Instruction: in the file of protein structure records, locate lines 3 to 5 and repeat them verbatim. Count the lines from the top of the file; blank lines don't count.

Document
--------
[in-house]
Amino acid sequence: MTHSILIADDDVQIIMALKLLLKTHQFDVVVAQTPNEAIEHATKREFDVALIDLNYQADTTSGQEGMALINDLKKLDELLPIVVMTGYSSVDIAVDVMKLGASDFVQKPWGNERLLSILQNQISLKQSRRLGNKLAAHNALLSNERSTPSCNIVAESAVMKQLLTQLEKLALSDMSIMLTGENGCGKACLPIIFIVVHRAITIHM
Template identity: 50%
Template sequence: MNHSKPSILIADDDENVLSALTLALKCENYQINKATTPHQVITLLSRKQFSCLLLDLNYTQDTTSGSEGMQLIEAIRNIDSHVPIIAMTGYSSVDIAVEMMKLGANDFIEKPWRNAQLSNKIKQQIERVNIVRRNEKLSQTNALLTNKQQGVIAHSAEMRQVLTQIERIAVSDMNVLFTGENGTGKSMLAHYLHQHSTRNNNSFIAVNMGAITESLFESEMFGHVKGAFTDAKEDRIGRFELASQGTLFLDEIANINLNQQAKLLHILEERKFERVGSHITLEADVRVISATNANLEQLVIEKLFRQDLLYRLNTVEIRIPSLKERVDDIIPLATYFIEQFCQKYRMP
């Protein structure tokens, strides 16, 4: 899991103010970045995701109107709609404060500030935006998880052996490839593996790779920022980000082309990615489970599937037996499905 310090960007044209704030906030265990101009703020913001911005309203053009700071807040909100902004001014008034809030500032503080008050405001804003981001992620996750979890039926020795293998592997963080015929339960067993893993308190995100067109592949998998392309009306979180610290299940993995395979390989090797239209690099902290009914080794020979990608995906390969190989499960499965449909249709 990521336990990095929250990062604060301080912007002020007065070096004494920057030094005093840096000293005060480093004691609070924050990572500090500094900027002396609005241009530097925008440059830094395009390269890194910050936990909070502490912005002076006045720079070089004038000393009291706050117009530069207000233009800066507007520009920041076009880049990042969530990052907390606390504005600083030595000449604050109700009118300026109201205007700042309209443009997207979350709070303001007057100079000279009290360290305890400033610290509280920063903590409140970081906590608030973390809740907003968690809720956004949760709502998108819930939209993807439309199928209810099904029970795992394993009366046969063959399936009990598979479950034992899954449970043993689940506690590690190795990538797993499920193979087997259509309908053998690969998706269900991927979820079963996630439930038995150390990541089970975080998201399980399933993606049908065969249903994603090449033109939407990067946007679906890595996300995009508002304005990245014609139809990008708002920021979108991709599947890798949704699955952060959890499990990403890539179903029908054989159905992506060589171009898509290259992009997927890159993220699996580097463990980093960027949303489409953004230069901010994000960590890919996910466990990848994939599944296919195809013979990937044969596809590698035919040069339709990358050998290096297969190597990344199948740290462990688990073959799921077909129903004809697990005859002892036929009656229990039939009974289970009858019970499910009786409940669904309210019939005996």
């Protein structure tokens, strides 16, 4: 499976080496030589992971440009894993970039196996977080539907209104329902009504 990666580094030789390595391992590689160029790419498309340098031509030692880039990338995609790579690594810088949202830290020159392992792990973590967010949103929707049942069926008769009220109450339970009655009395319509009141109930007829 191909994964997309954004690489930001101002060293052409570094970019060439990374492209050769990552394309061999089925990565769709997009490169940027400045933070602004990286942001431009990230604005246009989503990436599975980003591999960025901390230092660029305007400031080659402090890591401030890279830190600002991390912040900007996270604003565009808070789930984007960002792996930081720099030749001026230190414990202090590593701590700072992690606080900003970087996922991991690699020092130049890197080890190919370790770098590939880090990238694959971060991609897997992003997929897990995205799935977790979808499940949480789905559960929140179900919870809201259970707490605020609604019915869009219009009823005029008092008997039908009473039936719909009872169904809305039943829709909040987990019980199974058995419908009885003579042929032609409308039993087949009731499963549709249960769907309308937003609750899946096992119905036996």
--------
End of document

Template identity: 50%
Template sequence: MNHSKPSILIADDDENVLSALTLALKCENYQINKATTPHQVITLLSRKQFSCLLLDLNYTQDTTSGSEGMQLIEAIRNIDSHVPIIAMTGYSSVDIAVEMMKLGANDFIEKPWRNAQLSNKIKQQIERVNIVRRNEKLSQTNALLTNKQQGVIAHSAEMRQVLTQIERIAVSDMNVLFTGENGTGKSMLAHYLHQHSTRNNNSFIAVNMGAITESLFESEMFGHVKGAFTDAKEDRIGRFELASQGTLFLDEIANINLNQQAKLLHILEERKFERVGSHITLEADVRVISATNANLEQLVIEKLFRQDLLYRLNTVEIRIPSLKERVDDIIPLATYFIEQFCQKYRMP
């Protein structure tokens, strides 16, 4: 899991103010970045995701109107709609404060500030935006998880052996490839593996790779920022980000082309990615489970599937037996499905 310090960007044209704030906030265990101009703020913001911005309203053009700071807040909100902004001014008034809030500032503080008050405001804003981001992620996750979890039926020795293998592997963080015929339960067993893993308190995100067109592949998998392309009306979180610290299940993995395979390989090797239209690099902290009914080794020979990608995906390969190989499960499965449909249709 990521336990990095929250990062604060301080912007002020007065070096004494920057030094005093840096000293005060480093004691609070924050990572500090500094900027002396609005241009530097925008440059830094395009390269890194910050936990909070502490912005002076006045720079070089004038000393009291706050117009530069207000233009800066507007520009920041076009880049990042969530990052907390606390504005600083030595000449604050109700009118300026109201205007700042309209443009997207979350709070303001007057100079000279009290360290305890400033610290509280920063903590409140970081906590608030973390809740907003968690809720956004949760709502998108819930939209993807439309199928209810099904029970795992394993009366046969063959399936009990598979479950034992899954449970043993689940506690590690190795990538797993499920193979087997259509309908053998690969998706269900991927979820079963996630439930038995150390990541089970975080998201399980399933993606049908065969249903994603090449033109939407990067946007679906890595996300995009508002304005990245014609139809990008708002920021979108991709599947890798949704699955952060959890499990990403890539179903029908054989159905992506060589171009898509290259992009997927890159993220699996580097463990980093960027949303489409953004230069901010994000960590890919996910466990990848994939599944296919195809013979990937044969596809590698035919040069339709990358050998290096297969190597990344199948740290462990688990073959799921077909129903004809697990005859002892036929009656229990039939009974289970009858019970499910009786409940669904309210019939005996």